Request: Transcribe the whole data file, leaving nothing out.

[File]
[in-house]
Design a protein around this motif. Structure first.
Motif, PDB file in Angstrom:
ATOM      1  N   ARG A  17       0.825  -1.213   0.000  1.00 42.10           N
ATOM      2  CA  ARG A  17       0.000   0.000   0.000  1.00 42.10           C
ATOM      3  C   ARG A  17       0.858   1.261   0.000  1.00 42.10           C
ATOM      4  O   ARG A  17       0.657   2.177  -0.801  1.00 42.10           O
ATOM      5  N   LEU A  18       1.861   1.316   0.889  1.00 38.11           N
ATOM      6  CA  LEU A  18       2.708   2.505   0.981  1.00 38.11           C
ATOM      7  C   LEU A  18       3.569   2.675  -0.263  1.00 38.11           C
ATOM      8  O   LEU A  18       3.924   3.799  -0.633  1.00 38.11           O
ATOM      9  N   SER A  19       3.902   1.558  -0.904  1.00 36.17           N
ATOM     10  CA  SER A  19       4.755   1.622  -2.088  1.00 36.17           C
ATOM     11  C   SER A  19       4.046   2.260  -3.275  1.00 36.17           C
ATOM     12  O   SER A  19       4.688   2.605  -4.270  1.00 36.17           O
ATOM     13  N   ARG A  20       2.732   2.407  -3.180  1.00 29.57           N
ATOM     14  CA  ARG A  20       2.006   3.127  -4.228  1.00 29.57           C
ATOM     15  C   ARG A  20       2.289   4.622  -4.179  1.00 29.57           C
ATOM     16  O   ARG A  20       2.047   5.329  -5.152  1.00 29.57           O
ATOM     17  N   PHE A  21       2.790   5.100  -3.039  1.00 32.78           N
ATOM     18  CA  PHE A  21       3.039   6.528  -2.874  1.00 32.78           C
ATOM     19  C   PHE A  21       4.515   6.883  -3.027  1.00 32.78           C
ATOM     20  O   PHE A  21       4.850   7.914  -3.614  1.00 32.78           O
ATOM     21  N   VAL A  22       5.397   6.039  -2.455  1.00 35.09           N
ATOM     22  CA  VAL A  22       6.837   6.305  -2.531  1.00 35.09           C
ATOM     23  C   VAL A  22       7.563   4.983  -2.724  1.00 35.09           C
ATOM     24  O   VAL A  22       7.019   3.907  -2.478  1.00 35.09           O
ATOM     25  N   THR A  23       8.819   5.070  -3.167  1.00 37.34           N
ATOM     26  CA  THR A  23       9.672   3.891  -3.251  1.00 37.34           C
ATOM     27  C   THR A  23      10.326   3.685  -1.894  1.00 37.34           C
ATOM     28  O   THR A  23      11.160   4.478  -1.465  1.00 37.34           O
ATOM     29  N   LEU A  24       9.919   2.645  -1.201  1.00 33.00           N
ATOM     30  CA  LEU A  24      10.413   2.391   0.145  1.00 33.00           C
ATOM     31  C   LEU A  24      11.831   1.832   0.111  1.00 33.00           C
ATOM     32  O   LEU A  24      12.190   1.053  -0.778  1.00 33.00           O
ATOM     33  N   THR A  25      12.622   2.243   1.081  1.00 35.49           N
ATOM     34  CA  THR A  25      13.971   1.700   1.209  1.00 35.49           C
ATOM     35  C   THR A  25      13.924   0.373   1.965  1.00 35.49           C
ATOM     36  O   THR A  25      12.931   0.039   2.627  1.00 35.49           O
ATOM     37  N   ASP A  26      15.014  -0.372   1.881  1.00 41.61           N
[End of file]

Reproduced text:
[in-house]
Design a protein around this motif. Structure first.
Motif, PDB file in Angstrom:
ATOM      1  N   ARG A  17       0.825  -1.213   0.000  1.00 42.10           N
ATOM      2  CA  ARG A  17       0.000   0.000   0.000  1.00 42.10           C
ATOM      3  C   ARG A  17       0.858   1.261   0.000  1.00 42.10           C
ATOM      4  O   ARG A  17       0.657   2.177  -0.801  1.00 42.10           O
ATOM      5  N   LEU A  18       1.861   1.316   0.889  1.00 38.11           N
ATOM      6  CA  LEU A  18       2.708   2.505   0.981  1.00 38.11           C
ATOM      7  C   LEU A  18       3.569   2.675  -0.263  1.00 38.11           C
ATOM      8  O   LEU A  18       3.924   3.799  -0.633  1.00 38.11           O
ATOM      9  N   SER A  19       3.902   1.558  -0.904  1.00 36.17           N
ATOM     10  CA  SER A  19       4.755   1.622  -2.088  1.00 36.17           C
ATOM     11  C   SER A  19       4.046   2.260  -3.275  1.00 36.17           C
ATOM     12  O   SER A  19       4.688   2.605  -4.270  1.00 36.17           O
ATOM     13  N   ARG A  20       2.732   2.407  -3.180  1.00 29.57           N
ATOM     14  CA  ARG A  20       2.006   3.127  -4.228  1.00 29.57           C
ATOM     15  C   ARG A  20       2.289   4.622  -4.179  1.00 29.57           C
ATOM     16  O   ARG A  20       2.047   5.329  -5.152  1.00 29.57           O
ATOM     17  N   PHE A  21       2.790   5.100  -3.039  1.00 32.78           N
ATOM     18  CA  PHE A  21       3.039   6.528  -2.874  1.00 32.78           C
ATOM     19  C   PHE A  21       4.515   6.883  -3.027  1.00 32.78           C
ATOM     20  O   PHE A  21       4.850   7.914  -3.614  1.00 32.78           O
ATOM     21  N   VAL A  22       5.397   6.039  -2.455  1.00 35.09           N
ATOM     22  CA  VAL A  22       6.837   6.305  -2.531  1.00 35.09           C
ATOM     23  C   VAL A  22       7.563   4.983  -2.724  1.00 35.09           C
ATOM     24  O   VAL A  22       7.019   3.907  -2.478  1.00 35.09           O
ATOM     25  N   THR A  23       8.819   5.070  -3.167  1.00 37.34           N
ATOM     26  CA  THR A  23       9.672   3.891  -3.251  1.00 37.34           C
ATOM     27  C   THR A  23      10.326   3.685  -1.894  1.00 37.34           C
ATOM     28  O   THR A  23      11.160   4.478  -1.465  1.00 37.34           O
ATOM     29  N   LEU A  24       9.919   2.645  -1.201  1.00 33.00           N
ATOM     30  CA  LEU A  24      10.413   2.391   0.145  1.00 33.00           C
ATOM     31  C   LEU A  24      11.831   1.832   0.111  1.00 33.00           C
ATOM     32  O   LEU A  24      12.190   1.053  -0.778  1.00 33.00           O
ATOM     33  N   THR A  25      12.622   2.243   1.081  1.00 35.49           N
ATOM     34  CA  THR A  25      13.971   1.700   1.209  1.00 35.49           C
ATOM     35  C   THR A  25      13.924   0.373   1.965  1.00 35.49           C
ATOM     36  O   THR A  25      12.931   0.039   2.627  1.00 35.49           O
ATOM     37  N   ASP A  26      15.014  -0.372   1.881  1.00 41.61           N